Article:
In addition, the researchers also discovered that the charge-to-mass ratios they measured do not vary by more than 720 parts per trillion per day, as Earth rotates on its axis and travels around the sun. This suggests that protons and antiprotons behave the same way over time as they zip through space at the same velocity, meaning they do not violate what is known as charge-parity-time, or CPT symmetry.
CPT symmetry is a key component of the Standard Model of particle physics, the best description to date of how the elementary particles making up the universe behave. No known violations of CPT symmetry exist. "Any detected CPT violation will have huge impact on our understanding of nature," Ulmer said.
Furthermore, these charge-to-mass ratios did not differ by more than 870 parts per billion in Earth's gravitational field. This means the weak equivalence principle, which holds that all matter falls at the same rate in the same gravitational field, also holds at this level of accuracy. The weak equivalence principle is a keystone of Einstein's theory of general relativity, which among other things is the best explanation so far of how gravity works. No known violations of the weak equivalence principle exist, and any detected violations of it could lead to a revolution in science's understanding of gravity and space-time, and how both relate to matter and energy.
The scientists detailed their latest findings online Aug. 13 in the journal Nature.
Re: Stuff & Nonsense
« Reply #13241 on: Aug 12th, 2015, 11:51pm »
Nice article ..makes you wonder if the universe wasnt full of something already that interfered with the perfect balance and let normal matter as we know it prevail.
a few grams of the two meeting together is supposed to result in something like this like that explosion in Chinas major industrial port its supposed to be TNT and 1st blast 3megaton and the second 21 megatons. These explosions look strange..note how one seems to fizzle brighter then super bright..just like a minii nuke. Timing seems peculiar after the devaluation which is putting us up against the ropes..Nahh.we wouldnt do that
Re: Stuff & Nonsense
« Reply #13242 on: Aug 13th, 2015, 08:51am »
GOOD MORNING SWAMPRAT, SYS, Z & ALL OF OUR UFOCASEBOOKERS
August 12, 2015 12:00pm PT by Lesley Goldberg
Syfy Prepping Alien Drama 'Gateway' From 'Battlestar Galactica' Alum
The potential series is based on the award-winning best-seller from Frederik Pohl.
Syfy is continuing to bring some of the most beloved science fiction properties to television.
The NBCUniversal-owned cable network announced Thursday at the Television Critics Association's summer press tour that it is developing Frederik Pohl's award-winning best-seller Gateway as a series.
Josh Pate (ABC's Blood and Oil, USA's Good vs. Evil) and Battlestar Galactica alum David Eick will adapt the source material. Eick will revise Pate's pilot script and serve as showrunner, with both attached to exec produce the Universal Cable Productions entry alongside the De Laurentiis Co.'s Martha De Laurentiis, former Entertainment One Television executive Michael Rosenberg and Lorenzo De Maio. eOne senior vp U.S. scripted development Gerard Bocaccio will oversee the project for the company.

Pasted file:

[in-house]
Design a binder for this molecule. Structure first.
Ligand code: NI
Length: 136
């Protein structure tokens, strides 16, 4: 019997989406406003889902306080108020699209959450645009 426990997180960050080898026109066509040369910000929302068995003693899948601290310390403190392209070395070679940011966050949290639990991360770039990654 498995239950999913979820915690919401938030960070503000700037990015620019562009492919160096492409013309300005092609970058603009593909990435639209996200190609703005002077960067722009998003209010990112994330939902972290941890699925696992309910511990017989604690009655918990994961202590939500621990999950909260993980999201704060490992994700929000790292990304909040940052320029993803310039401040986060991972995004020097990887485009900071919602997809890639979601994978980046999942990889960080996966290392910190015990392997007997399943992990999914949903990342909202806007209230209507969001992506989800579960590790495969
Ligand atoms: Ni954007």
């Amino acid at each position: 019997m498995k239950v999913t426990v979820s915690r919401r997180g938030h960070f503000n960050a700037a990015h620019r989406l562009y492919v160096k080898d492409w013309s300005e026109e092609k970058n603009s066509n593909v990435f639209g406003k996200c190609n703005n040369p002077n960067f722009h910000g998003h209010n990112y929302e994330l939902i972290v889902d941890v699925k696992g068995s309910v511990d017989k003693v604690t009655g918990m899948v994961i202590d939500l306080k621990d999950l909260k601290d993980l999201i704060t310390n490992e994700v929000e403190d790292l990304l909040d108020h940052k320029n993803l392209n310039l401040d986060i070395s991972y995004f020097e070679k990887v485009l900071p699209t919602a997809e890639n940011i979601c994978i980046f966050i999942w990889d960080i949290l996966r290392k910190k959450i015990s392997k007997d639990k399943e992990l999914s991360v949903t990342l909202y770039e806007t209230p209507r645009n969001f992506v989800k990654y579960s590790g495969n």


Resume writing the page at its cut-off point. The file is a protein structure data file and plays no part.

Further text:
Gateway, which won the prized Hugo and Nebula awards, takes place in a world in which humanity has discovered an asteroid teeming with the long abandoned spaceships of an advanced alien race — the Heechee — setting in motion a gold rush for alien artifacts and technology. The ships are preprogrammed, transporting their voyagers to distant worlds of riches — or certain death. Undaunted by the peril or the odds, prospector Robinette Broadhead gambles everything on a journey to Gateway. After one nightmare mission, he returns to extraordinary wealth and luxury, but is haunted by the loss of his crewmates, including the love of his life.
The Syfy deal comes more than a year after eOne and the De Laurentiis Co. (Hannibal) teamed to develop the late Pohl's beloved book. The companies both acquired rights to the 1977 title following a bidding war. Gateway, also known as the Heechee saga, previously was in the works as a film. The book saga also included 1980's Beyond the Blue Event Horizon, Heechee Rendezvous (1984), The Annals of the Heechee (1987) and The Boy Who Would Live Forever: A Novel of Gateway (2004).
"We’re delighted to develop this fascinating First Contact story with long-time partners UCP and Entertainment One. Gateway is thought-provoking and unsettling, raising profound questions about mankind’s possible relationship with alien life,” said Syfy original content exec vp Bill McGoldrick.
Gateway reunites Eick with Syfy following his run on Battlestar Galactica and spinoff Caprica.
For Syfy, Gateway comes as the cabler has put a renewed focus on science fiction fare with series including Childhood's End and The Expanse, both of which bow Dec. 14, as well as The Magicians, Hunters, 12 Monkeys and more. The cabler is also adapting classic novels Brave New World, Hyperion, 3001 and more.